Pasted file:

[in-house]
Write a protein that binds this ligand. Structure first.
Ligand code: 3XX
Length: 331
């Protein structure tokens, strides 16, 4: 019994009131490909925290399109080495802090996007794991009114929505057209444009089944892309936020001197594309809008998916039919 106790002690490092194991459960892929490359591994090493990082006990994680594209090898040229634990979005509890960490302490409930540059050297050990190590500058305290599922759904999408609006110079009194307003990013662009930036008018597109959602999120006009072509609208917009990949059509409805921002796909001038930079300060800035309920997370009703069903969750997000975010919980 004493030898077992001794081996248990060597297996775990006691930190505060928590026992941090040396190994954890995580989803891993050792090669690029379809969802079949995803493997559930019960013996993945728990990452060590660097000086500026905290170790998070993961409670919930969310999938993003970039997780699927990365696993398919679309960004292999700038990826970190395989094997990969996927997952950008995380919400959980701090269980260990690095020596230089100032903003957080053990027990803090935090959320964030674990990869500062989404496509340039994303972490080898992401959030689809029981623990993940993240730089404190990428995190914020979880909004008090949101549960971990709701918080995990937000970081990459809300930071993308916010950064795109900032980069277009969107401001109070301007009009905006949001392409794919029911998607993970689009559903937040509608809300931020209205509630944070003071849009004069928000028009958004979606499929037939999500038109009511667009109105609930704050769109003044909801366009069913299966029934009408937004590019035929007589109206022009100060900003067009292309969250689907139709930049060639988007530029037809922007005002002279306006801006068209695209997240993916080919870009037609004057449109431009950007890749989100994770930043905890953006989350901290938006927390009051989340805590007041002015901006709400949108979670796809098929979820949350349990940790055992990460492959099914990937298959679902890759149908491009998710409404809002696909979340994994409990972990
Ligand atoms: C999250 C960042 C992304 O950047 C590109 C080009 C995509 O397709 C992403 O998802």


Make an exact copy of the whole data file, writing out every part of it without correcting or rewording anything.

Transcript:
[in-house]
Write a protein that binds this ligand. Structure first.
Ligand code: 3XX
Length: 331
């Protein structure tokens, strides 16, 4: 019994009131490909925290399109080495802090996007794991009114929505057209444009089944892309936020001197594309809008998916039919 106790002690490092194991459960892929490359591994090493990082006990994680594209090898040229634990979005509890960490302490409930540059050297050990190590500058305290599922759904999408609006110079009194307003990013662009930036008018597109959602999120006009072509609208917009990949059509409805921002796909001038930079300060800035309920997370009703069903969750997000975010919980 004493030898077992001794081996248990060597297996775990006691930190505060928590026992941090040396190994954890995580989803891993050792090669690029379809969802079949995803493997559930019960013996993945728990990452060590660097000086500026905290170790998070993961409670919930969310999938993003970039997780699927990365696993398919679309960004292999700038990826970190395989094997990969996927997952950008995380919400959980701090269980260990690095020596230089100032903003957080053990027990803090935090959320964030674990990869500062989404496509340039994303972490080898992401959030689809029981623990993940993240730089404190990428995190914020979880909004008090949101549960971990709701918080995990937000970081990459809300930071993308916010950064795109900032980069277009969107401001109070301007009009905006949001392409794919029911998607993970689009559903937040509608809300931020209205509630944070003071849009004069928000028009958004979606499929037939999500038109009511667009109105609930704050769109003044909801366009069913299966029934009408937004590019035929007589109206022009100060900003067009292309969250689907139709930049060639988007530029037809922007005002002279306006801006068209695209997240993916080919870009037609004057449109431009950007890749989100994770930043905890953006989350901290938006927390009051989340805590007041002015901006709400949108979670796809098929979820949350349990940790055992990460492959099914990937298959679902890759149908491009998710409404809002696909979340994994409990972990
Ligand atoms: C999250 C960042 C992304 O950047 C590109 C080009 C995509 O397709 C992403 O998802």